Date of Award


Degree Type


Degree Name

Doctor of Philosophy (PhD)

Graduate Group


First Advisor

Edward I. George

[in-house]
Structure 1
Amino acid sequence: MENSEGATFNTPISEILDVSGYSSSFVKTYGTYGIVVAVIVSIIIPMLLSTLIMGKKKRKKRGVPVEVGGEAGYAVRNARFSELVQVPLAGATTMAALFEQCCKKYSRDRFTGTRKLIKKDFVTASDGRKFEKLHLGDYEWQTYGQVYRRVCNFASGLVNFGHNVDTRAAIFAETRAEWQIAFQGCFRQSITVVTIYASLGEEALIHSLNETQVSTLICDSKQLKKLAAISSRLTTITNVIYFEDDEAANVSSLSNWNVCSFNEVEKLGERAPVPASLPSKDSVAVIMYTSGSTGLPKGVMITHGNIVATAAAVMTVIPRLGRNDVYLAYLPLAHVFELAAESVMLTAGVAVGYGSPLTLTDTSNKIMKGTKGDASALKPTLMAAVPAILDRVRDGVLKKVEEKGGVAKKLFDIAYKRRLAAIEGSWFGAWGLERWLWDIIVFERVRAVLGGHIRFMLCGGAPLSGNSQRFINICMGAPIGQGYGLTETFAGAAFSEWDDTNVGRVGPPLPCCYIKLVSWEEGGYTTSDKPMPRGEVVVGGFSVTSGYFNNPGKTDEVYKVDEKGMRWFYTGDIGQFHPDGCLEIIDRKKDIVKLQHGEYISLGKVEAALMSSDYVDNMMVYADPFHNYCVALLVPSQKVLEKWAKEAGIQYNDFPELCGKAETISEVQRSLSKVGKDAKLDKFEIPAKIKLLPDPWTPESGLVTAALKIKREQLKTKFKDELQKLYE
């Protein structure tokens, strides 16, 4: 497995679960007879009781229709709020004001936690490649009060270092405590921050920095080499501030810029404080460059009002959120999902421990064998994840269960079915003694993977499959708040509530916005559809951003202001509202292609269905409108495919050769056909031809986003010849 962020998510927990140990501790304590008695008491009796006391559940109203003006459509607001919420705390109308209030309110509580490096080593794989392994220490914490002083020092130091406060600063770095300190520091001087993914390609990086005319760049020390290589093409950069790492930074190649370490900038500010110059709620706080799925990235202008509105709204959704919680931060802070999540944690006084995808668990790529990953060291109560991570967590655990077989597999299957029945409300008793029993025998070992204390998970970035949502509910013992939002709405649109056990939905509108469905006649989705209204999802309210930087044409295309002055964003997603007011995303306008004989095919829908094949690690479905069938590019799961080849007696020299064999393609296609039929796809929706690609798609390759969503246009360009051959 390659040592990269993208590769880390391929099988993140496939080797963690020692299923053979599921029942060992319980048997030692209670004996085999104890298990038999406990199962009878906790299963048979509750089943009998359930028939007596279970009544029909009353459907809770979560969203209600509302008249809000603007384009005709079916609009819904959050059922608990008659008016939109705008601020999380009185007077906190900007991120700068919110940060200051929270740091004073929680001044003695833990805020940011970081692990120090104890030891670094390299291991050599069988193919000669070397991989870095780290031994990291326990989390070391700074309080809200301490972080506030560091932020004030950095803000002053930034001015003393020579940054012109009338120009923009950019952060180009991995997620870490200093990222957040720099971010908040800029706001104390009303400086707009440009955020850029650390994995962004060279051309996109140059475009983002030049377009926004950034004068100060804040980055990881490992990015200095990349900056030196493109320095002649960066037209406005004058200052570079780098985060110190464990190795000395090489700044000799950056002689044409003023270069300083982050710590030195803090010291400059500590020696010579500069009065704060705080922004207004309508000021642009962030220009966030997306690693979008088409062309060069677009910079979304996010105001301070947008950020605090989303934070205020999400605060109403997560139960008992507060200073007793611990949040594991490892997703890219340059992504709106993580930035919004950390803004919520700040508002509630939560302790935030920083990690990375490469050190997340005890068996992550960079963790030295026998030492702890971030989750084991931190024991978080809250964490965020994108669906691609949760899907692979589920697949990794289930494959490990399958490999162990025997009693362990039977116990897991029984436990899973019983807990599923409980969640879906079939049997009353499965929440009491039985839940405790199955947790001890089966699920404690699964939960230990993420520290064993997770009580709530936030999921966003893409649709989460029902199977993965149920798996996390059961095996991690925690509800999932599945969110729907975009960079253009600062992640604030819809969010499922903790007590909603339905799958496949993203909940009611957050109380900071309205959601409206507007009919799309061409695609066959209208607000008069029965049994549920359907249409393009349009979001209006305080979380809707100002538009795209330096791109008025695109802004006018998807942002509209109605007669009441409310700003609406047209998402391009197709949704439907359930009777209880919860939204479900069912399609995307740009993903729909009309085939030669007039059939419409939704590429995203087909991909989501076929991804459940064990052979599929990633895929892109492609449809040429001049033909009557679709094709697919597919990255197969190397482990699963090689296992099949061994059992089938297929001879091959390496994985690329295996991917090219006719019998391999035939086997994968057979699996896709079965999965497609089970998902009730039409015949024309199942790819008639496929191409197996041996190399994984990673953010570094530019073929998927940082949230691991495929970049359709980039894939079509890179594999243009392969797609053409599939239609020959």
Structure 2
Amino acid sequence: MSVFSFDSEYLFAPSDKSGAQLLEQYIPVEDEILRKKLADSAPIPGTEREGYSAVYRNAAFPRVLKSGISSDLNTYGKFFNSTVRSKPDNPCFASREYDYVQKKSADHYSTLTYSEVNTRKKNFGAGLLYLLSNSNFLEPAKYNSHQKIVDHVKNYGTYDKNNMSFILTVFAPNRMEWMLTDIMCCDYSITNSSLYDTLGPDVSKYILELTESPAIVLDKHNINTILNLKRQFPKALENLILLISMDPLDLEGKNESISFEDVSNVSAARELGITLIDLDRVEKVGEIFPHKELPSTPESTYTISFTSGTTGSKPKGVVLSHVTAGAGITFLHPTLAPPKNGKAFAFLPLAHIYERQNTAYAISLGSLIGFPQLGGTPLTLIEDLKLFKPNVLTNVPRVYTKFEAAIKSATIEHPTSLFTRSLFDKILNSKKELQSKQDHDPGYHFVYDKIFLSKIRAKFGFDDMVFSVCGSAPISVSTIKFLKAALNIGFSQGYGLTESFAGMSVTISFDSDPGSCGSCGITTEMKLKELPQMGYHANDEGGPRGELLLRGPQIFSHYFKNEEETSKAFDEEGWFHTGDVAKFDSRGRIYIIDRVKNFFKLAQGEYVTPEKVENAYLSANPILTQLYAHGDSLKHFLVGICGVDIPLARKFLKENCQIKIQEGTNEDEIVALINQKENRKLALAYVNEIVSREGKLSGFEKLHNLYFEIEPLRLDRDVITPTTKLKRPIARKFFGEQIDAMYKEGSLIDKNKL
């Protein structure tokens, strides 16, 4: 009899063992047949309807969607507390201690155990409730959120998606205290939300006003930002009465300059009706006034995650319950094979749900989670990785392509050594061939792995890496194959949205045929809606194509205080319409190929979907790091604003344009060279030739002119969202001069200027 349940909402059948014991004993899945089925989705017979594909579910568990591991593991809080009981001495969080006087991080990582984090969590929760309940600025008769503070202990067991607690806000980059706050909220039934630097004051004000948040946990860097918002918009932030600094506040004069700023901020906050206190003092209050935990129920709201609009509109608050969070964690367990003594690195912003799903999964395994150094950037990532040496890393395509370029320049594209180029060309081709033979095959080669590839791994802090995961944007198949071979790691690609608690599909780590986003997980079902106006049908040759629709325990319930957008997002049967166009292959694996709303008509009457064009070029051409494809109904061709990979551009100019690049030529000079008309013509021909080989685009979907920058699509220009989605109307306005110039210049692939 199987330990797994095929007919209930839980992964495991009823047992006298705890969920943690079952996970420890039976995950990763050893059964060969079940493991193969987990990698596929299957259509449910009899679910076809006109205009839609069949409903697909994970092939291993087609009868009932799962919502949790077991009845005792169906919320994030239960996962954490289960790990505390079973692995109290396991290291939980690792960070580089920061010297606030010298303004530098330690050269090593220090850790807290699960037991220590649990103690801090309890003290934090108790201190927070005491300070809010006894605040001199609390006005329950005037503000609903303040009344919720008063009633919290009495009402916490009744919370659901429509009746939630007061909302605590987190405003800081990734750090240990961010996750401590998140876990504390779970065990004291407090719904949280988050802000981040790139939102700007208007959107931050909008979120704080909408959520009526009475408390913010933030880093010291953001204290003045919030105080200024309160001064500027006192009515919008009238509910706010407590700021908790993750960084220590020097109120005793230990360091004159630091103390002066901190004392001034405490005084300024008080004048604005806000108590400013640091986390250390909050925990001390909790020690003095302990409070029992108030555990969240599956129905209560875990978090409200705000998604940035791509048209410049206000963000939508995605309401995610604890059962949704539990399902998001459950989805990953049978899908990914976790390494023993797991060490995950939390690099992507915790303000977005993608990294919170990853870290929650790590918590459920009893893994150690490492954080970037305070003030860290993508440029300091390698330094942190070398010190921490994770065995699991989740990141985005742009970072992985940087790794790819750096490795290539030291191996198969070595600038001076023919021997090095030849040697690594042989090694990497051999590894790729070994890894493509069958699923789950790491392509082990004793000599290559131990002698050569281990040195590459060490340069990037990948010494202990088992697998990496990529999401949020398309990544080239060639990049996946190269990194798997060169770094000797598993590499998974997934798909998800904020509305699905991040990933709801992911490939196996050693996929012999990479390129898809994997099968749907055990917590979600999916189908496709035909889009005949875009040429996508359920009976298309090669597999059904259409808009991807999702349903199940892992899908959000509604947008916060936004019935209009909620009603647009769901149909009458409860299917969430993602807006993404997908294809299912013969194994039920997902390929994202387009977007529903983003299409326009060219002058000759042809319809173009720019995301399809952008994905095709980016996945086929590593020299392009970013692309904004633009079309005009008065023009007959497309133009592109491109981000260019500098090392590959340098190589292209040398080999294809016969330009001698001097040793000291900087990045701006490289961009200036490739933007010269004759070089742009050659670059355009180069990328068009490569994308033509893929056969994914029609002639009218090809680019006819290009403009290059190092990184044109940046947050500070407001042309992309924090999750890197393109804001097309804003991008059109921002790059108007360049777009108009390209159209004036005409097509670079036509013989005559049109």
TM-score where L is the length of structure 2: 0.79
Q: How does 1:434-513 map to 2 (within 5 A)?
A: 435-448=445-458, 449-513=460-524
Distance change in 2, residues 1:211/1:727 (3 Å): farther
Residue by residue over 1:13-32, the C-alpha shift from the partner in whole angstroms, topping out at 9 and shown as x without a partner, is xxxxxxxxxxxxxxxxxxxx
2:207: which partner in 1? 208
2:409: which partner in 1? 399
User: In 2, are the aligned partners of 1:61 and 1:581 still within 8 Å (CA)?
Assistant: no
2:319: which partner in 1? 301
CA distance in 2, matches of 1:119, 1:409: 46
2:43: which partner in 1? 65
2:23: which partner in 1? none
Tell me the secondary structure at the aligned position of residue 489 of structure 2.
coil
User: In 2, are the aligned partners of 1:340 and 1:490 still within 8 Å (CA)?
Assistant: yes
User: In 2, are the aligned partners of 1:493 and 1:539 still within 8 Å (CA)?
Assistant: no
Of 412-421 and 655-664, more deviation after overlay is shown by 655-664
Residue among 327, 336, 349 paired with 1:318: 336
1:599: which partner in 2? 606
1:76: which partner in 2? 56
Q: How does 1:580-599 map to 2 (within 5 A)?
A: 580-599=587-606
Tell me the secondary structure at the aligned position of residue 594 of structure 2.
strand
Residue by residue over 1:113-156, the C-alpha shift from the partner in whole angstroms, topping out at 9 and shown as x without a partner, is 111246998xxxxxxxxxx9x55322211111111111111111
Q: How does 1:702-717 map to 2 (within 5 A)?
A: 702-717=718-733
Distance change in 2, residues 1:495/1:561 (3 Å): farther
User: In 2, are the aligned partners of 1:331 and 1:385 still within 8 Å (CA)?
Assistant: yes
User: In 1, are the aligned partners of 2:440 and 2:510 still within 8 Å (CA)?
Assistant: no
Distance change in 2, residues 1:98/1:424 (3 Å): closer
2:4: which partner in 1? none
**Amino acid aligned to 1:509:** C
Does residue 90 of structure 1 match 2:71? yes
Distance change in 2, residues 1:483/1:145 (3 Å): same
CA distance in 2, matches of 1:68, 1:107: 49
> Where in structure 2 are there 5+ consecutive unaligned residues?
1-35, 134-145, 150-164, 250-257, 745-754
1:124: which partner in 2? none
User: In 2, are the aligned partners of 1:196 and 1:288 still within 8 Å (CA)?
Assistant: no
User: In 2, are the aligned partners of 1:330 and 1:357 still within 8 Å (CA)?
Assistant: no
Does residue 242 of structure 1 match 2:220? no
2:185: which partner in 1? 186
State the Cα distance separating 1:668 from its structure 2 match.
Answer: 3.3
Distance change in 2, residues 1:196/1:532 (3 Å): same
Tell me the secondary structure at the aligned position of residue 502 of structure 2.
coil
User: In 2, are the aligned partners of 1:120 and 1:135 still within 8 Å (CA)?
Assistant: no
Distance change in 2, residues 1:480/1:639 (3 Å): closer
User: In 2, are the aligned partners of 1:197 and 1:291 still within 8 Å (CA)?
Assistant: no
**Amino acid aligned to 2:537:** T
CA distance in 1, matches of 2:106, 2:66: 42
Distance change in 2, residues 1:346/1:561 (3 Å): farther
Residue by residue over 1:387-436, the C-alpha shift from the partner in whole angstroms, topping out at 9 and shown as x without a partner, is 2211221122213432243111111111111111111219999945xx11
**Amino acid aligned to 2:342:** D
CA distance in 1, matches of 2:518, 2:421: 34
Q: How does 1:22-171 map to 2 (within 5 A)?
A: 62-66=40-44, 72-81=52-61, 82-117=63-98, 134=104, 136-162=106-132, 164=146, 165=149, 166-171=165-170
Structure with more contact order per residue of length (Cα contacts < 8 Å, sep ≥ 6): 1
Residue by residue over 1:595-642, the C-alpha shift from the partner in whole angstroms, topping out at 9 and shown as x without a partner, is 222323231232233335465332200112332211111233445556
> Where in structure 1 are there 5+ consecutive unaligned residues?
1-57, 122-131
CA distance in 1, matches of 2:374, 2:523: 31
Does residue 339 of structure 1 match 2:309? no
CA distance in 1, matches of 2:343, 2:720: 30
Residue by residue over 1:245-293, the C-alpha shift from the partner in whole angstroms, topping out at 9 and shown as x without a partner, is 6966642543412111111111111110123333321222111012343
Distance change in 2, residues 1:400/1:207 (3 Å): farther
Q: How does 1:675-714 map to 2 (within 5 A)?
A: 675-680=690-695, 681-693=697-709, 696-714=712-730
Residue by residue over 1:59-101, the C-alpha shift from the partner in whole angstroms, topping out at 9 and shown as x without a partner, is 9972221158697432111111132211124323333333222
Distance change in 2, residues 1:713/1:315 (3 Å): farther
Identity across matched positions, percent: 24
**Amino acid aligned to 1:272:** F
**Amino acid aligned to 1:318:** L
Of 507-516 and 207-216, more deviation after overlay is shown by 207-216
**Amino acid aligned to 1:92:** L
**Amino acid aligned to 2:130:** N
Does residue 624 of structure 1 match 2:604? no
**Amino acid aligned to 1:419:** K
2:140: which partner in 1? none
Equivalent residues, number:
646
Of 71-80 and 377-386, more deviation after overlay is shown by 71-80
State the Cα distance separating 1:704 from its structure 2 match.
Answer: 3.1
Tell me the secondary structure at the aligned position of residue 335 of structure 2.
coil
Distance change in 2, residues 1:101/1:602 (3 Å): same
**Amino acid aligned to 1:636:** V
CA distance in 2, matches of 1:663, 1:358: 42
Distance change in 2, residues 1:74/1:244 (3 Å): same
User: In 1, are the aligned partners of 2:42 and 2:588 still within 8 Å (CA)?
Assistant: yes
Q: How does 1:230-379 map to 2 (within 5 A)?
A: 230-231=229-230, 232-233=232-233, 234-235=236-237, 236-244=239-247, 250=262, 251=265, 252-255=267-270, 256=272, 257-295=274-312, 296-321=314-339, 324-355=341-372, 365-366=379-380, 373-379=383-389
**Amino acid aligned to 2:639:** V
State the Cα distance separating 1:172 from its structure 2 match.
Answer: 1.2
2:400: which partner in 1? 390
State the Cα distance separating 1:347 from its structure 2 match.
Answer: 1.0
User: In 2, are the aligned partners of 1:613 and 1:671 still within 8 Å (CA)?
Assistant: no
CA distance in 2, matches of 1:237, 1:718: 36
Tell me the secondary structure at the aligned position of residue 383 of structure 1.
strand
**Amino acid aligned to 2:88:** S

This dissertation explores Bayesian model selection and estimation in settings where the model space is too vast to rely on Markov Chain Monte Carlo for posterior calculation. First, we consider the problem of sparse multivariate linear regression, in which several correlated outcomes are simultaneously regressed onto a large set of covariates, where the goal is to estimate a sparse matrix of covariate effects and the sparse inverse covariance matrix of the residuals. We propose an Expectation-Conditional Maximization algorithm to target a single posterior mode. In simulation studies, we find that our algorithm outperforms other regularization competitors thanks to its adaptive Bayesian penalty mixing. In order to better quantify the posterior model uncertainty, we then describe a particle optimization procedure that targets several high-posterior probability models simultaneously. This procedure can be thought of as running several ``mutually aware'' mode-hunting trajectories that repel one another whenever they approach the same model. We demonstrate the utility of this method for fitting Gaussian mixture models and for identifying several promising partitions of spatially-referenced data. Using these identified partitions, we construct an approximation for posterior functionals that average out the uncertainty about the underlying partition. We find that our approximation has favorable estimation risk properties, which we study in greater detail in the context of partially exchangeable normal means. We conclude with several proposed refinements of our particle optimization strategy that encourage a wider exploration of the model space while still targeting high-posterior probability models.

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